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Poison victim Yushchenko ready for election battle; Ukrainian candidate leaves hospital.


UKRAINIAN presidential candidate Viktor Yushchenko left a Vienna clinic yesterday after being diagnosed with dioxin poisoning, declaring he was happy to be alive.

Wearing his trademark orange campaign scarf, the Ukrainian opposition leader flashed the peace sign out of the window of his car before driving off from Vienna's Rudolfiner clinic. He later left on a plane bound for Kiev.

Yushchenko has accused Ukrainian authorities of poisoning him, but told reporters he does not want to talk further about the allegation until after the run-off vote has been re-run on December 26.

``I don't want this factor to influence the election in some way, either as a plus or a minus, '' he said in Russian. ``This question will require a great deal of time and serious investigation. Let us do it after the election - today is not the moment. ''

Prosecutors opened a criminal investigation after Yushchenko fell ill, but closed it before the November 21 second round of voting, saying that they could not determine whether he was poisoned.

However, the criminal case has been reopened following the Vienna clinic's findings, an official at the prosecutor general's office said yesterday.

At a brief news conference before being discharged from the clinic, Yushchenko praised the thousands in Ukraine who staged street protests against the outcome of the presidential run-off election won by Prime Minister Viktor Yanukovych. The vote was voided by the Supreme Court on fraud allegations.

``We haven't seen anything like that for the past 100 years, '' he said. ``I think it would be appropriate to compare this to the fall of the Soviet Union or the fall of the Berlin Wall. ''

Yushchenko thanked the medical staff who determined he had been poisoned, which caused him extreme internal pain and left his face pocked and grey.

Doctors said had the dose of dioxin been greater, it could have been fatal but that he was now getting better and was capable of returning to the campaign trail.

``They've spent many days and nights with me and I am very happy to be alive in this world today, '' Yushchenko said, with his American-born wife, Kateryna Chumachenko, translating. ``I thank these people for this. ''

Before leaving the clinic, a choir of young girls sang the Ukrainian national anthem for Yushchenko.

After doctors confirmed that he was a victim of poisoning, Yanukovych campaigners rushed to reject suggestions that the prime minister could have been involved.

There was ``no logic in such an accusation, '' said Taras Chornovyl, Yanukovych's campaign manager.

Yushchenko's wife said on Saturday that she and her husband had received threats and she had been convinced from the start that he was poisoned.

Yushchenko fell ill on September 5 and has been treated at the Vienna clinic twice before, but it was tests performed since he checked in on Friday night that provided conclusive evidence of the poisoning, said hospital director Dr Michael Zimpfer.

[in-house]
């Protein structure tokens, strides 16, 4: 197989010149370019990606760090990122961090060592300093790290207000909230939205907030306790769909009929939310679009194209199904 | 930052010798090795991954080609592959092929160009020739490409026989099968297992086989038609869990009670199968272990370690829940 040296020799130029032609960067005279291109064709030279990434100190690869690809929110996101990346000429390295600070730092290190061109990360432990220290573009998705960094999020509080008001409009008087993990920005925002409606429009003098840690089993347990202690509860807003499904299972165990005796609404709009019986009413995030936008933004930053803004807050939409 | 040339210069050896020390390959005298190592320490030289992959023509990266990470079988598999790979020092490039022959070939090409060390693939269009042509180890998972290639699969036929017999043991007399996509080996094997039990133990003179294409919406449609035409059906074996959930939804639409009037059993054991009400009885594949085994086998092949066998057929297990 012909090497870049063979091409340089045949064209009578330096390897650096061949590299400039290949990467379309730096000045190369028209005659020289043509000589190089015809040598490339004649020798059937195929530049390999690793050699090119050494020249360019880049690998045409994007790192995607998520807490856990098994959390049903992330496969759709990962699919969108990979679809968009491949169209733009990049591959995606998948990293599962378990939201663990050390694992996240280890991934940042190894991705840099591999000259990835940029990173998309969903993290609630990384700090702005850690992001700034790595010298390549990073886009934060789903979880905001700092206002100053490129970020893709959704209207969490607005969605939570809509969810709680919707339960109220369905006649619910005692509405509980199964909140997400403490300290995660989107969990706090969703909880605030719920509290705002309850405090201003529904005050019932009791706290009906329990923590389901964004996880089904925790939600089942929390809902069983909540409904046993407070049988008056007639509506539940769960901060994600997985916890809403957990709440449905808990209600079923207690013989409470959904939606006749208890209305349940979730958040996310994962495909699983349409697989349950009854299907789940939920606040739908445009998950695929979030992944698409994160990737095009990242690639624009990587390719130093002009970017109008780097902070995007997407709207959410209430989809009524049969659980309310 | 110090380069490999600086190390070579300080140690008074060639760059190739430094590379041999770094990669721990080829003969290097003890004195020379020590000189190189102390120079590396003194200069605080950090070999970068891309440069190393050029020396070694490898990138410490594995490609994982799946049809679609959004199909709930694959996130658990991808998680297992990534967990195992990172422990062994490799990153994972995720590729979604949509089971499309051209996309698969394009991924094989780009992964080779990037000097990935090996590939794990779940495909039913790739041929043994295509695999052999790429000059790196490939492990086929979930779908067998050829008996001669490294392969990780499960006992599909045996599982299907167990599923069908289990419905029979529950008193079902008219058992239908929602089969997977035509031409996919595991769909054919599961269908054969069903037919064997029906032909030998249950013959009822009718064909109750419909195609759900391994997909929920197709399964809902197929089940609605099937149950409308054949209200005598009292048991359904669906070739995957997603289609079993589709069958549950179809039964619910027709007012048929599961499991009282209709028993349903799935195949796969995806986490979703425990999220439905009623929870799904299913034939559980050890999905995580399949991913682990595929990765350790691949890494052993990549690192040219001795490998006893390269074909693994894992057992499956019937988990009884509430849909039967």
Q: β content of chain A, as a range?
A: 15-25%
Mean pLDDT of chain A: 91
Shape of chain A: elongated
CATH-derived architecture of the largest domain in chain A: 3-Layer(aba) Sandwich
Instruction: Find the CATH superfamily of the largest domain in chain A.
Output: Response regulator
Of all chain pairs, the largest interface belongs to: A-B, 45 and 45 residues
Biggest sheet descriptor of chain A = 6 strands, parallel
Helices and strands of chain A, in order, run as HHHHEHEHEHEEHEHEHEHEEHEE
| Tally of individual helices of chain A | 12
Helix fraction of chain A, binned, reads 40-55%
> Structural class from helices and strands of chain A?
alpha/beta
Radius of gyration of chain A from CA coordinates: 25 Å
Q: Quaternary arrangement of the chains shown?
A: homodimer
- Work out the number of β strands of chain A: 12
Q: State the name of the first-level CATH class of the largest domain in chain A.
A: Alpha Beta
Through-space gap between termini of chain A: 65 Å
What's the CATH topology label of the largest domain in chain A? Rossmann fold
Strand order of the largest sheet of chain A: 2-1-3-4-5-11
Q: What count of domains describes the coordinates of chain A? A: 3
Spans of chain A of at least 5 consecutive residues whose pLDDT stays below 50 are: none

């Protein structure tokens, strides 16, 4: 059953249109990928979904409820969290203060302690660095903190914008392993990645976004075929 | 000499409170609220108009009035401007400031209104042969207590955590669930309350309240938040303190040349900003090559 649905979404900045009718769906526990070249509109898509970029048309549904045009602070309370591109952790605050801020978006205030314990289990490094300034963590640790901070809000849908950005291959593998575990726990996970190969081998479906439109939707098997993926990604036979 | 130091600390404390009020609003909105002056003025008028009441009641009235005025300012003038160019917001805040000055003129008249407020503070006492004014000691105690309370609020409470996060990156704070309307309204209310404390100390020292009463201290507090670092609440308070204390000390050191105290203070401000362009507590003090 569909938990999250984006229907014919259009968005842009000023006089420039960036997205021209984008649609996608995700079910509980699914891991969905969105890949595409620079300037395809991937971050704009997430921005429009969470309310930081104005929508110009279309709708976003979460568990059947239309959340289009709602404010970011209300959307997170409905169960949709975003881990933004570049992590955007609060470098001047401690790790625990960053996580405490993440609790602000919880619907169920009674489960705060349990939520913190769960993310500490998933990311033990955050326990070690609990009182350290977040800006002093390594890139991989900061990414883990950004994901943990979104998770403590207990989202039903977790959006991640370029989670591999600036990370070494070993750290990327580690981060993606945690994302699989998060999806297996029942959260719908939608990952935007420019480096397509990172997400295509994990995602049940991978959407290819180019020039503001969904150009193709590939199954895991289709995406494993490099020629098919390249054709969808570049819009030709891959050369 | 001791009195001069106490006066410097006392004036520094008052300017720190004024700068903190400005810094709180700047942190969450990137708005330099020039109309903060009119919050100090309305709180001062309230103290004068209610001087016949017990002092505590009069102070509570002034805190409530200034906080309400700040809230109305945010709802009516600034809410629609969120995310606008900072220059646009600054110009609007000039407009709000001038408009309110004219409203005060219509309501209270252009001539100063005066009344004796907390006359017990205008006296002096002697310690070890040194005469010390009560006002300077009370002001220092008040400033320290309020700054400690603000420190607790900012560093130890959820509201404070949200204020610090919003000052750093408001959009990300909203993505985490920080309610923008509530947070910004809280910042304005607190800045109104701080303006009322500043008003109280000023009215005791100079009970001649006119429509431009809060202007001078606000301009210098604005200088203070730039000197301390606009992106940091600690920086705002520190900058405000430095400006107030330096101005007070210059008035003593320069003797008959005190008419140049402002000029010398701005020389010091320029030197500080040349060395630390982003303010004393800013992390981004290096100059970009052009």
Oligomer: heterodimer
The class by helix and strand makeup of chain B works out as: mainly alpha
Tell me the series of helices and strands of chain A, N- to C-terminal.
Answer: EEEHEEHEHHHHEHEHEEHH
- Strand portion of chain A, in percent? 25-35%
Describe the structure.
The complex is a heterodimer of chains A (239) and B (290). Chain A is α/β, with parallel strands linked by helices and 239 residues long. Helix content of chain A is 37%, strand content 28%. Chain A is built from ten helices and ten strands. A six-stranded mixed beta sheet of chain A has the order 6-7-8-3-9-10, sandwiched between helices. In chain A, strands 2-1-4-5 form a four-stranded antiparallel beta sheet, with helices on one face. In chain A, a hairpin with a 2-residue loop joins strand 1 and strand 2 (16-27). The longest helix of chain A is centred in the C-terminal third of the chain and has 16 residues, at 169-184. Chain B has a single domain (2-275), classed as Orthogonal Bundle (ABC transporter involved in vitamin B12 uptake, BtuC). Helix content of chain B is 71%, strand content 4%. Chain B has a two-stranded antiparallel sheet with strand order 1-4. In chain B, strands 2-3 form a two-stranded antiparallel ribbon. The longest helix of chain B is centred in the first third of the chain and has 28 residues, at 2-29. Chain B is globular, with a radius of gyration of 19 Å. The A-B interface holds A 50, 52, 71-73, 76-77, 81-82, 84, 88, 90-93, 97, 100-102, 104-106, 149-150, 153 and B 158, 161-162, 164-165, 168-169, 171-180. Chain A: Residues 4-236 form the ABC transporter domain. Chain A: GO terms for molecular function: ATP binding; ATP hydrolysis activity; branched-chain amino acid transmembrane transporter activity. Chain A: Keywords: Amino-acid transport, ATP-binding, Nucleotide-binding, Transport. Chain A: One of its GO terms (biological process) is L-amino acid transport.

A lab in Amsterdam, using a newly-developed test, found his blood contained more than 1, 000 times the normal amount of dioxin, Zimpfer said.

Tests showed the toxin was taken orally, and was likely slipped into something that Yushchenko ate or drank, Zimpfer said, suggesting that whoever was responsible may have thought it untraceable.

``Until recently, there has been no (blood) testing available, '' Zimpfer said. ``This may be one of the reasons that this kind of poisoning, if it was a criminal act, was chosen. ''

The tests definitively confirmed suspicions that the doctors had developed over the course of Yushchenko's treatment, Zimpfer said.

``This is the first case internationally where the intake has been oral, usually it's inhaled, it's very different, '' he said.

Dioxin is a by-product of industrial processes such as waste incineration and chemical and pesticide manufacturing.

The massive quantities of it found in Yushchenko's system caused chloracne, a type of adult acne caused by exposure to toxic chemicals. The condition is treatable, but can take two to three years to heal.

Given the sensitivity of the case, Zimpfer said his clinic wanted to be absolutely sure before making any sort of announcement.

``We are not dealing with simple pimples, we are dealing with a poisoning and the suspicion of third party involvement, so potentially a criminal case, '' he said.

Zimpfer said Yushchenko's treatment will now be ``very difficult and long''.

Among other things, Dioxin is known to cause cancer and Dr Nikolai Korpan, the physician who has been treating Yushchenko, said it is too early to tell what other problems might develop. ``For now, we can confirm that his health is very good at this moment and he can do his job, '' Korpan said.


Viktor Yushchenko gives the peace sign as he leaves hospital; Picture: RONALD ZAK
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Publication:Daily Post (Liverpool, England)
Date:Dec 13, 2004
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